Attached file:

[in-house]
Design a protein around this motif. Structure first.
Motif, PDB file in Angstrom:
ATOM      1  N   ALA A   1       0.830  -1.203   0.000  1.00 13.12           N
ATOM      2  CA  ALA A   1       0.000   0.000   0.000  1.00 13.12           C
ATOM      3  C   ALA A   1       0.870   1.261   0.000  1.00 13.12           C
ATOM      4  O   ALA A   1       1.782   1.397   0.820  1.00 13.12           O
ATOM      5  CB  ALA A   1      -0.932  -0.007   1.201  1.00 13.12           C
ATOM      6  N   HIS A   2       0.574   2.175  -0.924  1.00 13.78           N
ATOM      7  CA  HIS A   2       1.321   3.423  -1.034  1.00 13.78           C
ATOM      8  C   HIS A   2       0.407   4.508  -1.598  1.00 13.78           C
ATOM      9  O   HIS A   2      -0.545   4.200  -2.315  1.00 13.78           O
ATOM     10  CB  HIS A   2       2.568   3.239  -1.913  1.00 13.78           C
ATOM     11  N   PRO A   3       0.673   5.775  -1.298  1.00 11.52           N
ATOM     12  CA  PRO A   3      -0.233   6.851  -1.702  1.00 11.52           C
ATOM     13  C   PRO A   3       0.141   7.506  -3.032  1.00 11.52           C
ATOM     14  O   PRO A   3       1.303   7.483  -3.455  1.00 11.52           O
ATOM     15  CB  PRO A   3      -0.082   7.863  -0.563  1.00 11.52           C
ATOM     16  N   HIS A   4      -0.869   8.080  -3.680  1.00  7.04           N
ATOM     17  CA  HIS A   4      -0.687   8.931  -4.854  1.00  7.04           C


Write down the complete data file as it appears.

[in-house]
Design a protein around this motif. Structure first.
Motif, PDB file in Angstrom:
ATOM      1  N   ALA A   1       0.830  -1.203   0.000  1.00 13.12           N
ATOM      2  CA  ALA A   1       0.000   0.000   0.000  1.00 13.12           C
ATOM      3  C   ALA A   1       0.870   1.261   0.000  1.00 13.12           C
ATOM      4  O   ALA A   1       1.782   1.397   0.820  1.00 13.12           O
ATOM      5  CB  ALA A   1      -0.932  -0.007   1.201  1.00 13.12           C
ATOM      6  N   HIS A   2       0.574   2.175  -0.924  1.00 13.78           N
ATOM      7  CA  HIS A   2       1.321   3.423  -1.034  1.00 13.78           C
ATOM      8  C   HIS A   2       0.407   4.508  -1.598  1.00 13.78           C
ATOM      9  O   HIS A   2      -0.545   4.200  -2.315  1.00 13.78           O
ATOM     10  CB  HIS A   2       2.568   3.239  -1.913  1.00 13.78           C
ATOM     11  N   PRO A   3       0.673   5.775  -1.298  1.00 11.52           N
ATOM     12  CA  PRO A   3      -0.233   6.851  -1.702  1.00 11.52           C
ATOM     13  C   PRO A   3       0.141   7.506  -3.032  1.00 11.52           C
ATOM     14  O   PRO A   3       1.303   7.483  -3.455  1.00 11.52           O
ATOM     15  CB  PRO A   3      -0.082   7.863  -0.563  1.00 11.52           C
ATOM     16  N   HIS A   4      -0.869   8.080  -3.680  1.00  7.04           N
ATOM     17  CA  HIS A   4      -0.687   8.931  -4.854  1.00  7.04           C